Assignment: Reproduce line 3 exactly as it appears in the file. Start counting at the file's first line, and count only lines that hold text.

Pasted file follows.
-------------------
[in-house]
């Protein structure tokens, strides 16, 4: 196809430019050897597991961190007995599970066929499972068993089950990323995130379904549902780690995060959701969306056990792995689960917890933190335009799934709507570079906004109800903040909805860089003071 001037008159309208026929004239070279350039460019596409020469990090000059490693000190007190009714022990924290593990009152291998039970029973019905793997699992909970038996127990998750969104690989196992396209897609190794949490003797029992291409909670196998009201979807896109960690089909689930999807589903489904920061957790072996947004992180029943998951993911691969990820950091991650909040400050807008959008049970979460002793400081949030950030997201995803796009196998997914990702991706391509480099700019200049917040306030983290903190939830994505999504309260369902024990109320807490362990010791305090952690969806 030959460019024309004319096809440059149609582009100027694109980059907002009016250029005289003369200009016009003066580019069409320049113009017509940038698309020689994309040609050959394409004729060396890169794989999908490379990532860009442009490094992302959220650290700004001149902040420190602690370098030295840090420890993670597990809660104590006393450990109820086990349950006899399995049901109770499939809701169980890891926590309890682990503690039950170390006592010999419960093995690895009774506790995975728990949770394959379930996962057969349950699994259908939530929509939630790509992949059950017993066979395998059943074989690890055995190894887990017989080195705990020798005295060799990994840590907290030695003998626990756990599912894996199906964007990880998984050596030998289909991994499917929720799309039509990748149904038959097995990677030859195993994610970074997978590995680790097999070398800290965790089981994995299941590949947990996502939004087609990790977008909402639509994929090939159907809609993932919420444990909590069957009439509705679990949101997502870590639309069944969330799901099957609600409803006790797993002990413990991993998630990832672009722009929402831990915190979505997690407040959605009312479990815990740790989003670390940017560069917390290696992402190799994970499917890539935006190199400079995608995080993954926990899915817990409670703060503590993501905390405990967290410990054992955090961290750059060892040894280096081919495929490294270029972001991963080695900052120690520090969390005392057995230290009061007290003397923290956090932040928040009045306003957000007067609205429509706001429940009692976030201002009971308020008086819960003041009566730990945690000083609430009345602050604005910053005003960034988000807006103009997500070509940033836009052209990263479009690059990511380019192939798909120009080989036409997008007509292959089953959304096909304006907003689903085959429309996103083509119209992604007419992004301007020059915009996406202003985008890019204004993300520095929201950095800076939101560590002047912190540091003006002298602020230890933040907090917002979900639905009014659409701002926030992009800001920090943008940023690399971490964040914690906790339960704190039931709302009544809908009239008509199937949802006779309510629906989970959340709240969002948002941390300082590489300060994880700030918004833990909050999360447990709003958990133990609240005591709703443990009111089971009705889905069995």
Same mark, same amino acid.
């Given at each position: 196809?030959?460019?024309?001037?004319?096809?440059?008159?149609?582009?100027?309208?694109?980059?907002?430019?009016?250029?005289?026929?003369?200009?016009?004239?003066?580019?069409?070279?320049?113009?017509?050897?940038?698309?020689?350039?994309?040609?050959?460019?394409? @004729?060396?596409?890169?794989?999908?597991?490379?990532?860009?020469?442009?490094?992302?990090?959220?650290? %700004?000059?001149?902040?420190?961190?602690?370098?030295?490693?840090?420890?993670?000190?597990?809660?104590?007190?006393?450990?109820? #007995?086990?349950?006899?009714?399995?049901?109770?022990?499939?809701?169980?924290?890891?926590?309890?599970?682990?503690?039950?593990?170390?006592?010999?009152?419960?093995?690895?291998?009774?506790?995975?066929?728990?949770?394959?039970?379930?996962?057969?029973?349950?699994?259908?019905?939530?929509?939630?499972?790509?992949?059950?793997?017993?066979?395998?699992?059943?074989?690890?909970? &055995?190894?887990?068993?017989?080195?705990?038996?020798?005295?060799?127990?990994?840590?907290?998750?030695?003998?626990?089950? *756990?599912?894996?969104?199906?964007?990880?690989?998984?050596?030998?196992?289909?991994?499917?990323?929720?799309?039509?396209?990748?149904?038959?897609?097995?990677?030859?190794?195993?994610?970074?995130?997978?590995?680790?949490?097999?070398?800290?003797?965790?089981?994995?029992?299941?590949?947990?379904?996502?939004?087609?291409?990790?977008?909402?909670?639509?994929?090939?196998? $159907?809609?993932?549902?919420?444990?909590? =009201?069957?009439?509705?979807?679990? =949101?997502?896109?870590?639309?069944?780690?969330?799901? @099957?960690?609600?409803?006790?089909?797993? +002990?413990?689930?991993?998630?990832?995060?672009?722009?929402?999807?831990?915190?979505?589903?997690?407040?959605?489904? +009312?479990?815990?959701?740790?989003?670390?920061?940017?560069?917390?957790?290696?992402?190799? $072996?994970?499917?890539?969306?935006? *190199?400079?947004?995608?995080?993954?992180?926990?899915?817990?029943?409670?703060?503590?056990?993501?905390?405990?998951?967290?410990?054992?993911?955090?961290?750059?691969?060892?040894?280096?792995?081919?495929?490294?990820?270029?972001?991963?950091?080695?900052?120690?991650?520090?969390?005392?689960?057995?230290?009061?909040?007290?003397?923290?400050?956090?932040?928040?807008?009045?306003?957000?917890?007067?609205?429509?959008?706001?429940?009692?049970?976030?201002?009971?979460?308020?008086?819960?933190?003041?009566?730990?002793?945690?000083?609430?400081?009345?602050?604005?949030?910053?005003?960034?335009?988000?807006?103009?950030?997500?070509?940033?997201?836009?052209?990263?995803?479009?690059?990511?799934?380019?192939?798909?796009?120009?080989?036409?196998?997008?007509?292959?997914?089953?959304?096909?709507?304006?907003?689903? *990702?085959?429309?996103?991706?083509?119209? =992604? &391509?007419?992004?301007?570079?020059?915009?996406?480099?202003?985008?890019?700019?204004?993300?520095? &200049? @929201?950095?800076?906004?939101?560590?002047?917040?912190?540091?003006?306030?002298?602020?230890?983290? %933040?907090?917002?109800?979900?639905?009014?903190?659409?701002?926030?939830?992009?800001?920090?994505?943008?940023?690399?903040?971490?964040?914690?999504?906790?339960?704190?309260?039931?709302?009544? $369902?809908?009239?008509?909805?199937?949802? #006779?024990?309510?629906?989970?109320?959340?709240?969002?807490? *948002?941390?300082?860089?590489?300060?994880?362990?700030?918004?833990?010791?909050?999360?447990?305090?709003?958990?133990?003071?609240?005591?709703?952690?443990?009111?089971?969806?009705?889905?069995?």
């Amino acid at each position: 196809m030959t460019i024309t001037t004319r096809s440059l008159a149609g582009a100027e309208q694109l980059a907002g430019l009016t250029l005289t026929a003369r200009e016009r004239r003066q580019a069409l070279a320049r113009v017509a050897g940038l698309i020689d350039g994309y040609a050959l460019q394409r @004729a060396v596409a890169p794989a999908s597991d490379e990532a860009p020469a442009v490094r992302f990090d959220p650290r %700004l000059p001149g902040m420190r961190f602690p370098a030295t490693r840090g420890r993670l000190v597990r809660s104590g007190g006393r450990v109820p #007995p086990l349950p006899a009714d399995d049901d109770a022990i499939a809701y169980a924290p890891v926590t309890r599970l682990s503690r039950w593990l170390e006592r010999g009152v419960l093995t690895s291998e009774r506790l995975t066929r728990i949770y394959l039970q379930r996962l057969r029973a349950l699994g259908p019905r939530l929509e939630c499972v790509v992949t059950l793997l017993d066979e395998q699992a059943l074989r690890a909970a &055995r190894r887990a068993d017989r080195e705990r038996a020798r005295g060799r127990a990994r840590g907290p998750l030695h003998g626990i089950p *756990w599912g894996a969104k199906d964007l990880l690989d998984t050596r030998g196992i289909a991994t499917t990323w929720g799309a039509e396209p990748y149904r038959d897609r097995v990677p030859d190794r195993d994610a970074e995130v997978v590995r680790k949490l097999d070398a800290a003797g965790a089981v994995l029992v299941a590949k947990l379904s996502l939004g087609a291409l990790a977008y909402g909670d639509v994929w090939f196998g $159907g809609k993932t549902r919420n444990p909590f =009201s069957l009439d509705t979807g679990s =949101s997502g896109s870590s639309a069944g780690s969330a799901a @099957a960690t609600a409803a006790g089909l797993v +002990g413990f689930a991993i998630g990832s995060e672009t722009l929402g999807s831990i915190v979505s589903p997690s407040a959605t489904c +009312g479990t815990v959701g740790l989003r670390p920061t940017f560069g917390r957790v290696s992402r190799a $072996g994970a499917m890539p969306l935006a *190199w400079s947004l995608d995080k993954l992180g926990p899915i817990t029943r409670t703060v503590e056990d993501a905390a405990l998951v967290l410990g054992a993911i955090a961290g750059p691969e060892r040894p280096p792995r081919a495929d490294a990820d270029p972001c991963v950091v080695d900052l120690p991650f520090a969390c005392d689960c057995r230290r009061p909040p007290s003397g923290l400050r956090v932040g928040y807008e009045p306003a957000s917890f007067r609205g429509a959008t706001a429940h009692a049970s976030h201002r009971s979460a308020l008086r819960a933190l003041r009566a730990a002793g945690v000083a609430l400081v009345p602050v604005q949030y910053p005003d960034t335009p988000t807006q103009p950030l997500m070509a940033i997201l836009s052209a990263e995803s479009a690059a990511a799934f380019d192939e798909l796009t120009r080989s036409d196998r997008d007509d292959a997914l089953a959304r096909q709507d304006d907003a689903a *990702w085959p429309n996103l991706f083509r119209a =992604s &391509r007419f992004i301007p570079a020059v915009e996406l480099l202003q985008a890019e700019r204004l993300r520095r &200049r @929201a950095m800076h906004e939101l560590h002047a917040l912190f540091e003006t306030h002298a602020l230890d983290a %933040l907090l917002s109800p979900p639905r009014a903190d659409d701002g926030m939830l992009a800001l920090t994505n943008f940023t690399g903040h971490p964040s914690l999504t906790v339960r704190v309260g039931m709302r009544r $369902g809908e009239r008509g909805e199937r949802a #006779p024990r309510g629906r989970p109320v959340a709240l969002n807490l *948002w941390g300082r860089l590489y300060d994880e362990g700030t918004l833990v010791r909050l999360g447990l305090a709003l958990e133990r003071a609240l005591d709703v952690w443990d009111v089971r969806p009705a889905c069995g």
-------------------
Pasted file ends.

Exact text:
Same mark, same amino acid.